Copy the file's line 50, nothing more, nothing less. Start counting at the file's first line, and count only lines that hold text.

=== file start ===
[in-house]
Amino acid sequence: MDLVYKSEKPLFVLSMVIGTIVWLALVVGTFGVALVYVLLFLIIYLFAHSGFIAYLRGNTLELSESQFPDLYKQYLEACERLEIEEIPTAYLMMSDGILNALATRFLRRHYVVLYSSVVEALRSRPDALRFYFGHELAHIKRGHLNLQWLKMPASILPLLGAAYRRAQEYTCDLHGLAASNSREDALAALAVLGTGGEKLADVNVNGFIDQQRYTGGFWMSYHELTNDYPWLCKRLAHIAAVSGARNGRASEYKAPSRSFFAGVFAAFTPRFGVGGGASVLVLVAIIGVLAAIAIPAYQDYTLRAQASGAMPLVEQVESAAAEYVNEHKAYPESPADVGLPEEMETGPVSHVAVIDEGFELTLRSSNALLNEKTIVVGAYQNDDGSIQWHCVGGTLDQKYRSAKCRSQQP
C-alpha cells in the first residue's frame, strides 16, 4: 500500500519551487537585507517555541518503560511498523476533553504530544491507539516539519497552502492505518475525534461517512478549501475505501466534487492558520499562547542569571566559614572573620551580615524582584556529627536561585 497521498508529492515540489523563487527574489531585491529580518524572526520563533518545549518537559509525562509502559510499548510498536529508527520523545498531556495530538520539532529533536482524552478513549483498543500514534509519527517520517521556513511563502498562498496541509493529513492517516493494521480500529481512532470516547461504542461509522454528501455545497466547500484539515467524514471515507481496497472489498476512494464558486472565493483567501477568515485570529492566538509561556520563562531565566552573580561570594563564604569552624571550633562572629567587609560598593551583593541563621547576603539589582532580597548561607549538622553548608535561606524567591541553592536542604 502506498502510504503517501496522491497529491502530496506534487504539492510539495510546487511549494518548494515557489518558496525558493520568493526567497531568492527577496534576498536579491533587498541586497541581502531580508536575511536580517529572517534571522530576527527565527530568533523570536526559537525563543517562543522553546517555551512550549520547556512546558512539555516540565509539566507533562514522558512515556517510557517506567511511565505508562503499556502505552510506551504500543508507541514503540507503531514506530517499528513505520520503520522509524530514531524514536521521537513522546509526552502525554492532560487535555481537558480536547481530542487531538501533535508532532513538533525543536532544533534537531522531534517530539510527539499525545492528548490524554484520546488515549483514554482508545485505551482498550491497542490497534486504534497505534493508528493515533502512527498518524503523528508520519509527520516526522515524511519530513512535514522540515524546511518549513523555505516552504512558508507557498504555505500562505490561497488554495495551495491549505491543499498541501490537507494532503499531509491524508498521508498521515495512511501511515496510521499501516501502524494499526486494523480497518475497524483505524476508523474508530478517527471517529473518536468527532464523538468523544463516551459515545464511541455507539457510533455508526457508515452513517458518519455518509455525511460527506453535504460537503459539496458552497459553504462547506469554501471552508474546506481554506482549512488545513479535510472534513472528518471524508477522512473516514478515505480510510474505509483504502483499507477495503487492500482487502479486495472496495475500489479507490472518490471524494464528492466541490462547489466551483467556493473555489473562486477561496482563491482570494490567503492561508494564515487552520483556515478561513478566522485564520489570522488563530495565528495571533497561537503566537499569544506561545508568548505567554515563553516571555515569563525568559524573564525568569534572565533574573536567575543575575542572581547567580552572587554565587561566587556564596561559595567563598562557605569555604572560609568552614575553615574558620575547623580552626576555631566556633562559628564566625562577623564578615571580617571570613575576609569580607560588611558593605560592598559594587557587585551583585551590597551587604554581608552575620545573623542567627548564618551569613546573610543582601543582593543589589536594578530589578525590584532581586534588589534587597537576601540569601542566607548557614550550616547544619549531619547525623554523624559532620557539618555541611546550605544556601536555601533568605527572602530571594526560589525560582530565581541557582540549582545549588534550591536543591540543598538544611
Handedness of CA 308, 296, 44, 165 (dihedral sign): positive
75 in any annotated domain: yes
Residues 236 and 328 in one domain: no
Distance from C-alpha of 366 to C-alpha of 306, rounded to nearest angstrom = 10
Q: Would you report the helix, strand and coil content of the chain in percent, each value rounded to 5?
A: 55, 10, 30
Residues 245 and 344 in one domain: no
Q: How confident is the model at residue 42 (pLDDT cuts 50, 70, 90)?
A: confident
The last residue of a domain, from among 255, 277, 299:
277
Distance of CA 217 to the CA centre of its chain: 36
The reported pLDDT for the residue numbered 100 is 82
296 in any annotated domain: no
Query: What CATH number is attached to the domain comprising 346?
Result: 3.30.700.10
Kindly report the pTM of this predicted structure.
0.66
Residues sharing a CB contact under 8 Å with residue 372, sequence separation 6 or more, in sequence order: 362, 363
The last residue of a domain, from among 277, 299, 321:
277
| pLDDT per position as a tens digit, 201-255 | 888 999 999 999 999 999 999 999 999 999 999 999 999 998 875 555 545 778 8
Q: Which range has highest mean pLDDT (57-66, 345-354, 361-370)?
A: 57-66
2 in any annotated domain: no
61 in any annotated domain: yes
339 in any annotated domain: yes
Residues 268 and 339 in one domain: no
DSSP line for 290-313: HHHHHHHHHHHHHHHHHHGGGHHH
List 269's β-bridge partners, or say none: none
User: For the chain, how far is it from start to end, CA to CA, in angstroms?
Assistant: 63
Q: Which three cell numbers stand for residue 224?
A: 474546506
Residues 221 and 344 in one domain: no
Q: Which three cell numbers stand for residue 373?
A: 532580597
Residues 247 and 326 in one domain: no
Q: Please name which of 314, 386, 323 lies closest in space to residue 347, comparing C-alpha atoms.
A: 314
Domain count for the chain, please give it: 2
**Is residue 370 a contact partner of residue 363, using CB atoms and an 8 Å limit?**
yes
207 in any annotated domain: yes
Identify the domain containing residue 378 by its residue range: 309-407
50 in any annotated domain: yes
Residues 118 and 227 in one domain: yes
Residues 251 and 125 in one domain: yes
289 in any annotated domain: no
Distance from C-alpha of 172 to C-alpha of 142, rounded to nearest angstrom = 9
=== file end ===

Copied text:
Residues 118 and 227 in one domain: yes